VALPARAISO — Parishioner Jim Tachtiris was first to arrive at St. Iakovos Greek Orthodox Church for Good Friday services.

Tachtiris carefully lit a candle, placed it in a sandbox then made a sign of the cross.

"This is the best time of the year. This is what Orthodoxy is all about," Tachtiris said.

Tachtiris, a second-generation Greek-American, remembers attending as a boy Easter or Pascha services with his family at the former Greek Orthodox church in Gary. Now, as a retired machinist, Tachtiris assists parish priest, the Rev. James Greanias, as a senior altar server.

Tachtiris and other parish members of St. Iakovos joined with millions of Orthodox Christians worldwide to commemorate the events of the passion, crucifixion and resurrection of Jesus Christ known as Holy Week.

Most Christians celebrated Easter a few weeks ago, but Orthodox Christians in this country and throughout the world celebrate the commemoration of the resurrection of Jesus Christ on Sunday, Greanias said.

Greanias said the Orthodox Easter typically follows that of other Christian churches because it follows the older, Julian calendar, as opposed to the Gregorian calendar.

"What's cool this year is that Pascha or known in Greek as Passover falls historically correct," Greanias said.

Passover for those of the Jewish faith ends Saturday while the climax of the Holy Week for Orthodox Christians is on Sunday.

Easter, or Pascha, will be celebrated at Resurrection services, which start late Saturday and culminate at midnight with the lighting of a single candle, Greanias said. The single candle, which is lit from an oil lamp, represents the light that is Christ.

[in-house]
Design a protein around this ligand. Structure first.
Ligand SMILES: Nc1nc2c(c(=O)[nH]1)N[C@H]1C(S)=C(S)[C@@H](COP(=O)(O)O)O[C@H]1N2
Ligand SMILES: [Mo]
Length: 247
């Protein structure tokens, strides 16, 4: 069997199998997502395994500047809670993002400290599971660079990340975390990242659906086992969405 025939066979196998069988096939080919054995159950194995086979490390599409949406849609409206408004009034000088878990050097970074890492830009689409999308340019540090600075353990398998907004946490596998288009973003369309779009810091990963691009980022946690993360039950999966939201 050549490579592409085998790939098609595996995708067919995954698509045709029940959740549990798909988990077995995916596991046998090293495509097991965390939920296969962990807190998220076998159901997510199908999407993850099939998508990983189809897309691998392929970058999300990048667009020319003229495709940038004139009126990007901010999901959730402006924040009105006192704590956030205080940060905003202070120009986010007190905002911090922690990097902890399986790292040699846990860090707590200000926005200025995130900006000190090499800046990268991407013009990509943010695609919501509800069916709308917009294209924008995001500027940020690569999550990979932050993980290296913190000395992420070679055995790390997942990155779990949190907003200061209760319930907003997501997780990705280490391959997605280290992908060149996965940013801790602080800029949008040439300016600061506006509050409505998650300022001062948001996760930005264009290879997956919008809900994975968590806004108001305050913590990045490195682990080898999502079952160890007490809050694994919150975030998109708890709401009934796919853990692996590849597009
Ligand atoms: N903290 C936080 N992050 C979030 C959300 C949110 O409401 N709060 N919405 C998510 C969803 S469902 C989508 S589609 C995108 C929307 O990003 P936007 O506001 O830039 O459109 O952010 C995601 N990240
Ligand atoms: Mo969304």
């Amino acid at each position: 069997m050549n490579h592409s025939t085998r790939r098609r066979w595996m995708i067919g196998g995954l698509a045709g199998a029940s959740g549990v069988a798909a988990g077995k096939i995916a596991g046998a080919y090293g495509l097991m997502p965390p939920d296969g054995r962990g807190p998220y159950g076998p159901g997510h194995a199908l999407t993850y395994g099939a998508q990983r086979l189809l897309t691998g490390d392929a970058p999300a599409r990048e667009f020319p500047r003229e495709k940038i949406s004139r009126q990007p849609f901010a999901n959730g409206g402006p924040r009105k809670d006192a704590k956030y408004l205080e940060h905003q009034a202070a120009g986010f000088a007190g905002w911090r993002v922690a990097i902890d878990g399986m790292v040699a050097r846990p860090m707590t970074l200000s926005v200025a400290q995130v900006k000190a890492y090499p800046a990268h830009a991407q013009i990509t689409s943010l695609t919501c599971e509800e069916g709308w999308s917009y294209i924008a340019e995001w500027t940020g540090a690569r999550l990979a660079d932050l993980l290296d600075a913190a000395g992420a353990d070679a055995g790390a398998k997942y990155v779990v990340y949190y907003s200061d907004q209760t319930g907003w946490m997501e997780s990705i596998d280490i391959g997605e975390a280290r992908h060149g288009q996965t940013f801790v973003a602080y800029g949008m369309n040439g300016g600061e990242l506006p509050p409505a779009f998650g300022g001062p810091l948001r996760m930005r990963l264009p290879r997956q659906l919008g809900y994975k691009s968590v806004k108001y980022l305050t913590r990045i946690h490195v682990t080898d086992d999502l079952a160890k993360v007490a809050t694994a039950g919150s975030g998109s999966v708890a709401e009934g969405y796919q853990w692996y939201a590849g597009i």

The announcement of the Resurrection begins with a reading from the Gospel according to Mark followed by the entire congregation singing, "Christ is Risen."

This is the third Easter of Pascha held at St. Iakovos, the 8,200-square-foot building at 34 W. 700 North. The congregation, which began celebrating services starting in 1981 at a former Methodist church near Valparaiso University, moved on a temporary basis in 2007 to the old St. Paul's School gymnasium.

The present building, which includes an office, classroom and fellowship room, will be used as a church home until the permanent church is built on the northeast side. Greanias is hopeful that the permanent church will be built within the next three to five years. A mortgage burning ceremony, for the existing facility, is planned for later this fall. Next year a capital campaign will begin for construction of the $3 million to $4 million church to be built.

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